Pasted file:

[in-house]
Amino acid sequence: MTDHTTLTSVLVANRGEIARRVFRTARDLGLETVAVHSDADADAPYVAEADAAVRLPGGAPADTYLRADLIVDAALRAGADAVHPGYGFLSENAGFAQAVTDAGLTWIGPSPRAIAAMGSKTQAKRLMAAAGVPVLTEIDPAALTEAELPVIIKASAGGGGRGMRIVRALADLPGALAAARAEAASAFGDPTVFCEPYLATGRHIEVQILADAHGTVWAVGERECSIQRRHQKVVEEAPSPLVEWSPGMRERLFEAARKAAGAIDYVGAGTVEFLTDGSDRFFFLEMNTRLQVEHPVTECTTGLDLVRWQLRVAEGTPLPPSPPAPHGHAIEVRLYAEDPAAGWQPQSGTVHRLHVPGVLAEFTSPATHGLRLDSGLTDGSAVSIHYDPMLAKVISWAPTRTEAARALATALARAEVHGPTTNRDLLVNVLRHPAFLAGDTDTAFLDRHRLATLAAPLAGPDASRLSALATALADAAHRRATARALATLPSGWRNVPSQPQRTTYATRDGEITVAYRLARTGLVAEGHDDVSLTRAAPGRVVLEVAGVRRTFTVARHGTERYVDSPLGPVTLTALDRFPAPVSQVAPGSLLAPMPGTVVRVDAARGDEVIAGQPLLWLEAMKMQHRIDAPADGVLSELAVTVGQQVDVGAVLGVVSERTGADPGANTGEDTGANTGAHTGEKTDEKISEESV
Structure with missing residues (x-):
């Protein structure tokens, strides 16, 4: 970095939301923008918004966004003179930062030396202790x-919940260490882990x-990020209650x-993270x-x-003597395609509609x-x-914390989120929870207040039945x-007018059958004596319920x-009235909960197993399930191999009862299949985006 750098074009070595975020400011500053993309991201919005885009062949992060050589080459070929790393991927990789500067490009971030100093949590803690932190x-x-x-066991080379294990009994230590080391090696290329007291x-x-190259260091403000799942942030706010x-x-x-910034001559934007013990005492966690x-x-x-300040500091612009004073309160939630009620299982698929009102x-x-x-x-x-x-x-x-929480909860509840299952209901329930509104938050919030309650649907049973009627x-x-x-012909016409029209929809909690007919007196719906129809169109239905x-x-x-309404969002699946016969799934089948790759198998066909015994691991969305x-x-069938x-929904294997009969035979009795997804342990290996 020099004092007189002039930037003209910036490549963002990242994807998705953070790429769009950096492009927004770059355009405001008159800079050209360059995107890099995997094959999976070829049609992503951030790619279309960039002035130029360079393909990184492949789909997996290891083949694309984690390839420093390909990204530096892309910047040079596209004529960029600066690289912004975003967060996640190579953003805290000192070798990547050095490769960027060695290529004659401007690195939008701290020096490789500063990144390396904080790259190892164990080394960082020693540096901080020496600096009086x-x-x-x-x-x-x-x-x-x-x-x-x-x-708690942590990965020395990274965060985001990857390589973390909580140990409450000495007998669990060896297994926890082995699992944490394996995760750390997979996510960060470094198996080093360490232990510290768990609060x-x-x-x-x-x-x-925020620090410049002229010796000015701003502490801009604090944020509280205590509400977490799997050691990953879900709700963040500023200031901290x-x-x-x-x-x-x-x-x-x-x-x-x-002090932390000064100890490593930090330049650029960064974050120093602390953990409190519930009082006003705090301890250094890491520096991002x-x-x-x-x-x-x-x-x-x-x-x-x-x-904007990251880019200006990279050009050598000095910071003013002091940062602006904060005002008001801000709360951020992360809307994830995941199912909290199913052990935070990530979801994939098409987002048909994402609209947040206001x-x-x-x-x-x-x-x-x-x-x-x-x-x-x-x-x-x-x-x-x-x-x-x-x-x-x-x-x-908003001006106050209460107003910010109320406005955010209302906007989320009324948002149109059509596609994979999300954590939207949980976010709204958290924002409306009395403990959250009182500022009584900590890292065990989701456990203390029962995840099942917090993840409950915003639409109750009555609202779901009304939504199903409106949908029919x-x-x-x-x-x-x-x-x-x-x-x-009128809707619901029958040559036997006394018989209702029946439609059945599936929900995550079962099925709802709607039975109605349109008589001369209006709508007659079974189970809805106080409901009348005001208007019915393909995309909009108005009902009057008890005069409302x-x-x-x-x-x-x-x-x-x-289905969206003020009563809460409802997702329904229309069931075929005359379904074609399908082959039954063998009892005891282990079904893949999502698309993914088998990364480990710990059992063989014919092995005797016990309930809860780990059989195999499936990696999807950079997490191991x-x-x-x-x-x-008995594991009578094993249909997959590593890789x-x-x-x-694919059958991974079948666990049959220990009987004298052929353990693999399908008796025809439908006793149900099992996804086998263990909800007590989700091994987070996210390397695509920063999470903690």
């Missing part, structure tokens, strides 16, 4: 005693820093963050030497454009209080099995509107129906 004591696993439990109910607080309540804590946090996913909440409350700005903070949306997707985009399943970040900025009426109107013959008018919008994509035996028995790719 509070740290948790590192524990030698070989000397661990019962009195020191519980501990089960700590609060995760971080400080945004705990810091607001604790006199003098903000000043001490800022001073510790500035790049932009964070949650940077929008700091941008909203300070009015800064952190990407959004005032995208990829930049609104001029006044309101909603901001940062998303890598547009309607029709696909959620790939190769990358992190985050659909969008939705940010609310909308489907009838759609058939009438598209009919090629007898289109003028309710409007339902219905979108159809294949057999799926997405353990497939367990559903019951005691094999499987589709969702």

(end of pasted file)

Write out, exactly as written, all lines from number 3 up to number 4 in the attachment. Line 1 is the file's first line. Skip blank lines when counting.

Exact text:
Structure with missing residues (x-):
């Protein structure tokens, strides 16, 4: 970095939301923008918004966004003179930062030396202790x-919940260490882990x-990020209650x-993270x-x-003597395609509609x-x-914390989120929870207040039945x-007018059958004596319920x-009235909960197993399930191999009862299949985006 750098074009070595975020400011500053993309991201919005885009062949992060050589080459070929790393991927990789500067490009971030100093949590803690932190x-x-x-066991080379294990009994230590080391090696290329007291x-x-190259260091403000799942942030706010x-x-x-910034001559934007013990005492966690x-x-x-300040500091612009004073309160939630009620299982698929009102x-x-x-x-x-x-x-x-929480909860509840299952209901329930509104938050919030309650649907049973009627x-x-x-012909016409029209929809909690007919007196719906129809169109239905x-x-x-309404969002699946016969799934089948790759198998066909015994691991969305x-x-069938x-929904294997009969035979009795997804342990290996 020099004092007189002039930037003209910036490549963002990242994807998705953070790429769009950096492009927004770059355009405001008159800079050209360059995107890099995997094959999976070829049609992503951030790619279309960039002035130029360079393909990184492949789909997996290891083949694309984690390839420093390909990204530096892309910047040079596209004529960029600066690289912004975003967060996640190579953003805290000192070798990547050095490769960027060695290529004659401007690195939008701290020096490789500063990144390396904080790259190892164990080394960082020693540096901080020496600096009086x-x-x-x-x-x-x-x-x-x-x-x-x-x-708690942590990965020395990274965060985001990857390589973390909580140990409450000495007998669990060896297994926890082995699992944490394996995760750390997979996510960060470094198996080093360490232990510290768990609060x-x-x-x-x-x-x-925020620090410049002229010796000015701003502490801009604090944020509280205590509400977490799997050691990953879900709700963040500023200031901290x-x-x-x-x-x-x-x-x-x-x-x-x-002090932390000064100890490593930090330049650029960064974050120093602390953990409190519930009082006003705090301890250094890491520096991002x-x-x-x-x-x-x-x-x-x-x-x-x-x-904007990251880019200006990279050009050598000095910071003013002091940062602006904060005002008001801000709360951020992360809307994830995941199912909290199913052990935070990530979801994939098409987002048909994402609209947040206001x-x-x-x-x-x-x-x-x-x-x-x-x-x-x-x-x-x-x-x-x-x-x-x-x-x-x-x-x-908003001006106050209460107003910010109320406005955010209302906007989320009324948002149109059509596609994979999300954590939207949980976010709204958290924002409306009395403990959250009182500022009584900590890292065990989701456990203390029962995840099942917090993840409950915003639409109750009555609202779901009304939504199903409106949908029919x-x-x-x-x-x-x-x-x-x-x-x-009128809707619901029958040559036997006394018989209702029946439609059945599936929900995550079962099925709802709607039975109605349109008589001369209006709508007659079974189970809805106080409901009348005001208007019915393909995309909009108005009902009057008890005069409302x-x-x-x-x-x-x-x-x-x-289905969206003020009563809460409802997702329904229309069931075929005359379904074609399908082959039954063998009892005891282990079904893949999502698309993914088998990364480990710990059992063989014919092995005797016990309930809860780990059989195999499936990696999807950079997490191991x-x-x-x-x-x-008995594991009578094993249909997959590593890789x-x-x-x-694919059958991974079948666990049959220990009987004298052929353990693999399908008796025809439908006793149900099992996804086998263990909800007590989700091994987070996210390397695509920063999470903690």